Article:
Yes, folks, that’s right. After twelve years of city living in two of the biggest U.S. cities, I managed to get my wallet stolen in Ireland… to be quite honest, I almost want to tip my hat at Dublin. Well done, city; you managed what New York and Philly have failed to do.
In any case, that shook my scheduled Monday into disarray! What followed was a bit of a slightly-less-than-mad scramble to contact all the necessary people. First stop: Garda, to report the theft and get an incident report. Second stop: use a photocopy of the report to ensure that I don’t have to pay for my new ID at Academic Registry (since, you know, I don’t have any money… literally). Third stop: front desk of college to get a new room key. Fourth stop: my room. Find the bank’s number, call the bank (freak out multiple employees when they ask, “How can I help you?” by responding, “Yes, hi! My wallet was stolen today, so I need to cancel my card or whatever it is you do in these situations…”) and work on getting a new debit card sent my way. Fifth stop: Academic Registry again, in search of a fax machine because Yes, you have to send us a paper letter of authorization for this new card. Okay then. The half- and three-quarter-stops: bothering my entire family with my tale of woe and subsequent discoveries.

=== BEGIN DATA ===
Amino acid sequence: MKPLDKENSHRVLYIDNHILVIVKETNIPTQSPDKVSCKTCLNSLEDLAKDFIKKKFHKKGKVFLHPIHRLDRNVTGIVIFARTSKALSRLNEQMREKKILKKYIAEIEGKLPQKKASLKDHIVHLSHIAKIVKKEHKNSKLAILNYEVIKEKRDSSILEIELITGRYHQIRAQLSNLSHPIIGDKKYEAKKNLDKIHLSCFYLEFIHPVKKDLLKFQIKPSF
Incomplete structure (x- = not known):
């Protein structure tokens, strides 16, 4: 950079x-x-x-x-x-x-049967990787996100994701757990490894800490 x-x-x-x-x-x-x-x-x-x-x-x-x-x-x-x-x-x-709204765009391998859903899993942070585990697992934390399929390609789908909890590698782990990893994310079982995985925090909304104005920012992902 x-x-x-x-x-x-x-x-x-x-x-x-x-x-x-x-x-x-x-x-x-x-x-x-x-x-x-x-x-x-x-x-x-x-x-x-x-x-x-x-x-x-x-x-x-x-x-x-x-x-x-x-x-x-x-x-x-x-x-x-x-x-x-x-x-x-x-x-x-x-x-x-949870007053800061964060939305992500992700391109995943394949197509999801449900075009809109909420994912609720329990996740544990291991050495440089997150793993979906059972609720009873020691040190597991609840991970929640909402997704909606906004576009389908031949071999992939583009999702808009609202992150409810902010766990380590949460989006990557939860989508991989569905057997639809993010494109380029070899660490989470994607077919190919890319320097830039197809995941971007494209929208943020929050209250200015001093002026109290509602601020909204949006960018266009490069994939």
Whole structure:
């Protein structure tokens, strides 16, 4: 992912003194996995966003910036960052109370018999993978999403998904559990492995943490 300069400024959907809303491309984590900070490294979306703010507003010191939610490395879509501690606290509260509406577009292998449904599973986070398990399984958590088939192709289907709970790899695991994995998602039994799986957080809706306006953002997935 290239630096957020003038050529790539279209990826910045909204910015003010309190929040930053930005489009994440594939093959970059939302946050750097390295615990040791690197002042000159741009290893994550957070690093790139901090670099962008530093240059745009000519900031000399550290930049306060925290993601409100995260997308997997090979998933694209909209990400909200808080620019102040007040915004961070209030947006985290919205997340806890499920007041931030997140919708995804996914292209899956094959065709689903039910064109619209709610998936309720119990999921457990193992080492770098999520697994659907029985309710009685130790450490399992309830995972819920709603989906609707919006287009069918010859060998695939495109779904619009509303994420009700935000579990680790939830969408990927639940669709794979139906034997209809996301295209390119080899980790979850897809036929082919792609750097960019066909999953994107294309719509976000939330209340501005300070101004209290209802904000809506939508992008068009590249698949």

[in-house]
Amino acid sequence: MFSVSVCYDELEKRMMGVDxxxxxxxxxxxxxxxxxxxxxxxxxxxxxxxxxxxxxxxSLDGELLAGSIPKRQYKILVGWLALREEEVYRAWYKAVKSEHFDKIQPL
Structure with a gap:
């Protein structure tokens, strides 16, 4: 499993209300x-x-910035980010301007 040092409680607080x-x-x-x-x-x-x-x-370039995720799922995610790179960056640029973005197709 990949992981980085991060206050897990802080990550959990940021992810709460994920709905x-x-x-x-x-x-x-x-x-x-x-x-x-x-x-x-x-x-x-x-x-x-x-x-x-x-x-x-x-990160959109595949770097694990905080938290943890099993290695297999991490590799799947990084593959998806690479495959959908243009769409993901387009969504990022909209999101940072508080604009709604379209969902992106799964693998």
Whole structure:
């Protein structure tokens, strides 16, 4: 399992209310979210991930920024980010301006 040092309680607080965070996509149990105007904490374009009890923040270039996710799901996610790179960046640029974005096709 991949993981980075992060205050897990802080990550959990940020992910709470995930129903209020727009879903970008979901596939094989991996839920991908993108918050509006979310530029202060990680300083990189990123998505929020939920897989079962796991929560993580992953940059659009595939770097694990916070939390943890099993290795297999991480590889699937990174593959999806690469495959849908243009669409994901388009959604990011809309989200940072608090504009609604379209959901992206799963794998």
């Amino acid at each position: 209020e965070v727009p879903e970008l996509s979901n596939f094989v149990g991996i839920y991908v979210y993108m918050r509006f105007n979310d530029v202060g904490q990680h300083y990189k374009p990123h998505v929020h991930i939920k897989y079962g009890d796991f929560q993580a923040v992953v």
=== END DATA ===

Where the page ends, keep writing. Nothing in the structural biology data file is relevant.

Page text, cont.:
Sorry, fam. I guess I can’t be quite as awesome as Tucker sending us new songs!
All jokes about good weather aside, though, I did have a beautiful Monday. This whole experience has taught me two things about myself: one, that I am much more optimistic than I thought; two, that I am strangely attached to the most inconsequential of objects. Seriously, other than my missing leapcard (which I had just topped up with €20. Gah!), I’m most upset about missing my wallet itself!
Not least because of the amusement it’s provided since it was stolen. I had to describe it to the guard. “Well, it’s a big one, about this size –” “Got it. Black?” “… No, actually, see, it’s a bit multicolored… Um. Bright blue and green and yellow — all geometric patterned. Brown border. And — a hot pink stain on one corner from when one of my pens broke in my bag or something…” The Guard’s eyebrows quirked, and she hid a smile. “Yeah, more noticeable than black.”
I almost feel bad for whomever stole it — there are definitely a whole slew of people with more to offer than me with my student club cards (all 13 of them), student ID, and €5 in coins! Alas, poor thief, sorry to disappoint your schemes for the American’s wallet. You didn’t even get an American driver’s license out of the deal, did you? I lost that this summer when buying allergy medicine!
In any case, cheers to the Guards and the lovely ladies I met in Academic Registry who took pity on my plight. “Oh, and you’re just a visiting student too?” she asked, as I stood there for my new ID. “You poor thing!”
I didn’t have the heart to tell her that I’m a city girl and that, really, the joke’s on me for not paying attention — and, honestly, it could have been much worse.